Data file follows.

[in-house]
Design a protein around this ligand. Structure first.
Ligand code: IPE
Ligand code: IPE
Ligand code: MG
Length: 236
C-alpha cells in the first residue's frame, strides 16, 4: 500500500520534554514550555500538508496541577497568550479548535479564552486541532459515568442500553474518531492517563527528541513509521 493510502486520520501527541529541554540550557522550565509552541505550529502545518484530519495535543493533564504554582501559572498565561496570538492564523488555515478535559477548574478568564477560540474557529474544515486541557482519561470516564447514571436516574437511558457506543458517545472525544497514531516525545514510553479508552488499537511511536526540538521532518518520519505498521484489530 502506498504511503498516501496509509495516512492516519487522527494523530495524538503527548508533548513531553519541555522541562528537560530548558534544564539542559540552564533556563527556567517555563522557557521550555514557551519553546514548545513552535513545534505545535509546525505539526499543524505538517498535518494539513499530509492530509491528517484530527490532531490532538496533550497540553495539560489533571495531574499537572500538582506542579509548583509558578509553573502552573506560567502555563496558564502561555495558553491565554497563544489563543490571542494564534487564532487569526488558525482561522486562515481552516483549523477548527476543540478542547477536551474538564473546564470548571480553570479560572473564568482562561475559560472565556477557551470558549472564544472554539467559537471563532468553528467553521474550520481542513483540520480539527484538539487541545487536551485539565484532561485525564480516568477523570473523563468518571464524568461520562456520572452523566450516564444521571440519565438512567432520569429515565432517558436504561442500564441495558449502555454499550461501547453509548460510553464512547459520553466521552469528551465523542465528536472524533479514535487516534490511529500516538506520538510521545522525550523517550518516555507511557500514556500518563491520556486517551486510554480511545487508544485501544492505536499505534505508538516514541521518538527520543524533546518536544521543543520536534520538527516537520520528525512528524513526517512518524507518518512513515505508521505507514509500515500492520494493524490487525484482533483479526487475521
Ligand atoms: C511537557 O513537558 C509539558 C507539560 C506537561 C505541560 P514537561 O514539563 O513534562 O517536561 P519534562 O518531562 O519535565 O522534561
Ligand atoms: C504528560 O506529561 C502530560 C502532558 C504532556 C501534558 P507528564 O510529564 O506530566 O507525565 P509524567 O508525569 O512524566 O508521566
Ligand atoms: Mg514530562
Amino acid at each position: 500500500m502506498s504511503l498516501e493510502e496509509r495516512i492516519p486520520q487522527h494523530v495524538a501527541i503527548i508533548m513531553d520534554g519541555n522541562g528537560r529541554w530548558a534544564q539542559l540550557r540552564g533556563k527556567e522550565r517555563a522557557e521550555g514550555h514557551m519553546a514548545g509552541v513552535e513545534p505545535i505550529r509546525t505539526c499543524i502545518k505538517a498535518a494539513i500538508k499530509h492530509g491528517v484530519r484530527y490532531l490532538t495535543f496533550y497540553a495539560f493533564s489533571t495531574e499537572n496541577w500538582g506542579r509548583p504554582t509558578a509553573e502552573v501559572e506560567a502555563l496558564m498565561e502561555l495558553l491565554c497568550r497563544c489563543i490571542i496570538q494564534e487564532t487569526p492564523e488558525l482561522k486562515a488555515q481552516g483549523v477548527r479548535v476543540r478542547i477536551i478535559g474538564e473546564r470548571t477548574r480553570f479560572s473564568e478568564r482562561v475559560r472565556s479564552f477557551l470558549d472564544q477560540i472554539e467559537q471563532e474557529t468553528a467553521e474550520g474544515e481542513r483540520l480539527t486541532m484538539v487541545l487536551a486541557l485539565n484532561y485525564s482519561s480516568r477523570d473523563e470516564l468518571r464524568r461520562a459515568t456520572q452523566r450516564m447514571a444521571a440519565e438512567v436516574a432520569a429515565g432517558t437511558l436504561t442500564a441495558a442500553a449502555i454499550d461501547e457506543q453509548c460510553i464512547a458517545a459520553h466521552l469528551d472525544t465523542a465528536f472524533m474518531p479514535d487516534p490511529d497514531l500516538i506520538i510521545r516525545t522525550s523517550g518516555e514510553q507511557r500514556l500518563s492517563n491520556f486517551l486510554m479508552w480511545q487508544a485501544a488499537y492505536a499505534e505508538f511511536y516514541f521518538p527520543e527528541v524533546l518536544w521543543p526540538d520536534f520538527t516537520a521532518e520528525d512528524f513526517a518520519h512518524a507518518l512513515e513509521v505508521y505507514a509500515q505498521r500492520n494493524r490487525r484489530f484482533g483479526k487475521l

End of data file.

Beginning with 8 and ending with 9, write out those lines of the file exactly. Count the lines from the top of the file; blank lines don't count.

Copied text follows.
Ligand atoms: C511537557 O513537558 C509539558 C507539560 C506537561 C505541560 P514537561 O514539563 O513534562 O517536561 P519534562 O518531562 O519535565 O522534561
Ligand atoms: C504528560 O506529561 C502530560 C502532558 C504532556 C501534558 P507528564 O510529564 O506530566 O507525565 P509524567 O508525569 O512524566 O508521566